But it's fast-twitch prowess that drives the high-flying athletes on Russia's national gymnastics teams, dominant in the sport since the 1950s.The team trains much of the year at remote Lake Krugloye, about 25 miles (40 kilometers) north of Moscow. The camp, surrounded by snow-buried farmland in winter, is a run-down complex of institutional brick buildings. But the spacious training gym, outfitted with the most modern equipment, is as bright and warm as a greenhouse the day I arrive.
Leonid Arkayev, one of the best and toughest coaches in any sport, oversees about a dozen shirtless male gymnasts as they go from parallel bars to high bar to horse to rings."They live here," he says. That's one of the keys to our great success."Like divers—or pianists—gymnasts must turn their complex movements into automatic motor memories through relentless repetition.
As I watch them execute their rituals, Arkayev shouts comments to his protege Yevgeny Podgorny, who has just finished a sequence on the parallel bars.
Don't catch the bar too soon."Podgorny mounts the high bar and arcs around it, snapping out of the swing into a somersaulting turn. Arkayev yells something to him in Russian."That was a move of the highest difficulty," says Arkayev. We'll work on it later."He points out another of Russia's brightest hopes, a five-foot-three, 22-year-old dynamo named Alexei Bondarenko.
They are working muscles," he says—extremely strong and explosively powerful, but not bulky.
Bondarenko walks over to us, and when I shake his hand, he feels light, as if he might lift off the floor and fly away.
Bondarenko weighs about 120 pounds (54 kilograms), and that lightness gives him an advantage.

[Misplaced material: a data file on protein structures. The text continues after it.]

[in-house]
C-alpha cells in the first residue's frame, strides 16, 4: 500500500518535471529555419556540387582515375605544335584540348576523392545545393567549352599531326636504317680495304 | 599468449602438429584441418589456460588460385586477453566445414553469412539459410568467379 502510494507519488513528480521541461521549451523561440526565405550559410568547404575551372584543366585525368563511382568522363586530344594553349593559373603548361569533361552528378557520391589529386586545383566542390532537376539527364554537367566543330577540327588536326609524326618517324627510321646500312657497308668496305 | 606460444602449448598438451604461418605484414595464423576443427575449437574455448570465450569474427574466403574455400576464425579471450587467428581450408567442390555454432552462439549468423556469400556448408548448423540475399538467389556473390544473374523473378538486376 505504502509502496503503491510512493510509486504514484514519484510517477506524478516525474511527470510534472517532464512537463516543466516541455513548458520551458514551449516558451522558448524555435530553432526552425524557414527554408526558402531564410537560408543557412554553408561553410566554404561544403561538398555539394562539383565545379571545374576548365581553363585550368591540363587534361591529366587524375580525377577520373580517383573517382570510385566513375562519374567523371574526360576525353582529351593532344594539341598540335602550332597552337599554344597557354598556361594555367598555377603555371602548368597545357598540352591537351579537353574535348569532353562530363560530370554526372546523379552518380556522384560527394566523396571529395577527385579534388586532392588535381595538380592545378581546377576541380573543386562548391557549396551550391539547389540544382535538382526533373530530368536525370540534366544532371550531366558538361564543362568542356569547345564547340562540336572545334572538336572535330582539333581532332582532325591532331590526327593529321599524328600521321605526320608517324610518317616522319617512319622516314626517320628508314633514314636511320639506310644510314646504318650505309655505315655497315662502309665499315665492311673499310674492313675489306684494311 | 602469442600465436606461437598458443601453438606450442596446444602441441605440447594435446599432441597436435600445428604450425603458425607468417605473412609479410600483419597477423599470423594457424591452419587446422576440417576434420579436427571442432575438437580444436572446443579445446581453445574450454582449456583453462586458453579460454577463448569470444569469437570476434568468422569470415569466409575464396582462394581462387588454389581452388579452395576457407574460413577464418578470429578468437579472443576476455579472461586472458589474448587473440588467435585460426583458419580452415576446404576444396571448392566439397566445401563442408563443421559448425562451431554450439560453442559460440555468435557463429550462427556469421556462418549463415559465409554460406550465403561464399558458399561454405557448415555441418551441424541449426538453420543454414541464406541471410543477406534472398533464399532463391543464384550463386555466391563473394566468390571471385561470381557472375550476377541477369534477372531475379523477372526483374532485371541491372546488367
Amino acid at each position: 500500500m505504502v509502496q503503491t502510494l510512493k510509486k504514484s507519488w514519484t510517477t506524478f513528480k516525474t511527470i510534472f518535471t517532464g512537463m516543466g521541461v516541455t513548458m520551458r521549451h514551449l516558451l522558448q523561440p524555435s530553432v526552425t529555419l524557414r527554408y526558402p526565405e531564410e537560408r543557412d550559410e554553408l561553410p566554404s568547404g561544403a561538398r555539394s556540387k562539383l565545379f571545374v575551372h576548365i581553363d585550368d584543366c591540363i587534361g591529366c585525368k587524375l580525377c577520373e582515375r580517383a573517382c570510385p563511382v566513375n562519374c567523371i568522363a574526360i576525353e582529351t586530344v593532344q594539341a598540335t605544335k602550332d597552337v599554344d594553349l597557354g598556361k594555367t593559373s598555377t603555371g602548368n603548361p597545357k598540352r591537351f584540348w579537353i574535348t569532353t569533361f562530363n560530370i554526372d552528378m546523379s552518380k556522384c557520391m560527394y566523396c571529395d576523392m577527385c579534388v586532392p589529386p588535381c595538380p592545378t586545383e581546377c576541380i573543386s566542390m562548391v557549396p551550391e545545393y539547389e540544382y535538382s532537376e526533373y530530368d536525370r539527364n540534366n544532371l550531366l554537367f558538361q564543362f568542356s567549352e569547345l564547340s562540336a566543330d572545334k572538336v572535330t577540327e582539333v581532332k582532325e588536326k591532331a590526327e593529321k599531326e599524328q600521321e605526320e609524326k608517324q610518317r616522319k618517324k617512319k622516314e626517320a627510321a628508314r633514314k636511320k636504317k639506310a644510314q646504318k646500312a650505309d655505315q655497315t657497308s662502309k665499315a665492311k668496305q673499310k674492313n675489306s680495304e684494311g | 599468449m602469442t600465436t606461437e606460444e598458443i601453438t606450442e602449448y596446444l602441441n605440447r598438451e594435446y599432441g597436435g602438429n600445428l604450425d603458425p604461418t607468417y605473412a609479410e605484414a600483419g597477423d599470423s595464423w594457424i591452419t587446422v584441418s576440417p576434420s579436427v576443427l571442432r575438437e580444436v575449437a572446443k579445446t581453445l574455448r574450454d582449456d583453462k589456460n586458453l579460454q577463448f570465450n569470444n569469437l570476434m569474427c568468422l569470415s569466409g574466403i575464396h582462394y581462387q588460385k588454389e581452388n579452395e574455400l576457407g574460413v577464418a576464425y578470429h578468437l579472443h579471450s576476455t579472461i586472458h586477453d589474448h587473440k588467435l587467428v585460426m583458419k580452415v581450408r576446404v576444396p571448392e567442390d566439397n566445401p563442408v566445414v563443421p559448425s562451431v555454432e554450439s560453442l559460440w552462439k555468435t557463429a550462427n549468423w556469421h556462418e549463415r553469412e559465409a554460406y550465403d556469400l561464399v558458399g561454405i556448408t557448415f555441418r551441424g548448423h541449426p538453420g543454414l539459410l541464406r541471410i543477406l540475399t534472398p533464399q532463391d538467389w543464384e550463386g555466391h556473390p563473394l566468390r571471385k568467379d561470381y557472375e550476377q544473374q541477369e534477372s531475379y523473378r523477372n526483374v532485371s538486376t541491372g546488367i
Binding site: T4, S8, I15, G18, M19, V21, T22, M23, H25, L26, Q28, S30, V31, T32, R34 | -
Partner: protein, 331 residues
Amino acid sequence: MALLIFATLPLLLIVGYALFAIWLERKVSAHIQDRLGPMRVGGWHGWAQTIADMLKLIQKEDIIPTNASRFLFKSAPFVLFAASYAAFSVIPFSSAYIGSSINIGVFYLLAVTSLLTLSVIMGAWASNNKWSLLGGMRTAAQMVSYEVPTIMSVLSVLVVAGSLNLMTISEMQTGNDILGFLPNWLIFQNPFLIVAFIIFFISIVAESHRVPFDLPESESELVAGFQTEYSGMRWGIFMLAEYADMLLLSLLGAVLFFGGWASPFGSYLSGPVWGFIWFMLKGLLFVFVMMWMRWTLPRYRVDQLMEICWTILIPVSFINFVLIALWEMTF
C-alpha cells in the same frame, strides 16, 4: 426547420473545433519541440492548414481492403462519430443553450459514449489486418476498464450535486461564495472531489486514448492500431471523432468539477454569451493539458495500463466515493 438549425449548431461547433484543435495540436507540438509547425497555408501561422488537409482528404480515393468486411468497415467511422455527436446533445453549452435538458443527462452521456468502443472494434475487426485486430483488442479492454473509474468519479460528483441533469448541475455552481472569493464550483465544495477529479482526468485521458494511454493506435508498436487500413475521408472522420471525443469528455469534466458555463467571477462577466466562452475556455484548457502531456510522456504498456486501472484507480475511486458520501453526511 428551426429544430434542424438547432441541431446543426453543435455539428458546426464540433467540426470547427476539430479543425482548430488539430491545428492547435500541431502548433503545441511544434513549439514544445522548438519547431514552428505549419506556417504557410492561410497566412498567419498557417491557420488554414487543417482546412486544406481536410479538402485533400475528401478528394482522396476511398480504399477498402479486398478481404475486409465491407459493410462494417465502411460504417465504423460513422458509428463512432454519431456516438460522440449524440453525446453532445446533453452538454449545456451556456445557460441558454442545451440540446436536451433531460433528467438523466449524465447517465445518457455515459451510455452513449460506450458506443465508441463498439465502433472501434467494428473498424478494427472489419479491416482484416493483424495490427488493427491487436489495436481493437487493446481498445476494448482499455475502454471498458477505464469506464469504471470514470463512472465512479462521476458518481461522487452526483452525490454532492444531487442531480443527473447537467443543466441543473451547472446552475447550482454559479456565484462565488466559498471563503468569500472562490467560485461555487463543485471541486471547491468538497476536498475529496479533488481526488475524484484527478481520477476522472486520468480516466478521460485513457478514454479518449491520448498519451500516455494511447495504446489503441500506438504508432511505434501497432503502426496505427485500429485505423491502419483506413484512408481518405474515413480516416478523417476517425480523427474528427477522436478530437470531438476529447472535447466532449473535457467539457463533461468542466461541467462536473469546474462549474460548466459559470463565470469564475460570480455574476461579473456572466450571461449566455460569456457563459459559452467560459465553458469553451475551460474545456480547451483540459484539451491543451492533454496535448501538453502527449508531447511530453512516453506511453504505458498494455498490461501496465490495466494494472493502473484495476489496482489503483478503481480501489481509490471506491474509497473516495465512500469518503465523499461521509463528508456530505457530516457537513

You not only have to perform the movement correctly, you have to carry your body in the most beautiful way."Fate did not bless Jason Wening with the same gifts as the Russian gymnasts. But glancing over at him as we're crouched on the blocks, about to begin a 100-yard (91-meter) freestyle race, I realize that more than any athlete I've met, this tousle-haired guy from Ann Arbor, Michigan, embodies the spirit of the world-class athlete. He knows what it means to conquer the unconquerable.Wening, holder of six world records in disabled swimming, was born with multiple birth defects, and doctors amputated his deformed feet in childhood, leaving him with stumps just below the knee. One of his hands is, as he puts it, "goofy," meaning it has only three fingers."I got lucky with my parents," he says. When I was younger, I had a lot of difficulty coming to terms with why I was born the way I was. Then I discovered disabled swimming, and I made this very conscious choice to be very good at it. To compensate for his lower body, he focuses intensely on the most minute details of his stroke, down to the position of his pinky finger as it enters the water. He also swims at least three hours a day.As our race begins, I have the advantage of a leg-driven spring into the water—Wening has to lunge off the blocks from a kneeling position. But as hard as I push, this driven swimmer with barely any kick sweeps past me and beats me by about ten yards (nine meters).I tell him he's an inspiration, and he shrugs it off. And when I do, I get for just a moment a vision of the limitless potential of the human race."A few weeks later, back home at swim practice, I find my own inspiration in Wening's words. I had been thinking for a while that my best swims were behind me and that my fastest time for the 100 free would remain just that."How fast can I go?" I start to wonder after a particularly painful sprint. Yet the limits of human performance are set not just by our genes but by our heads as well.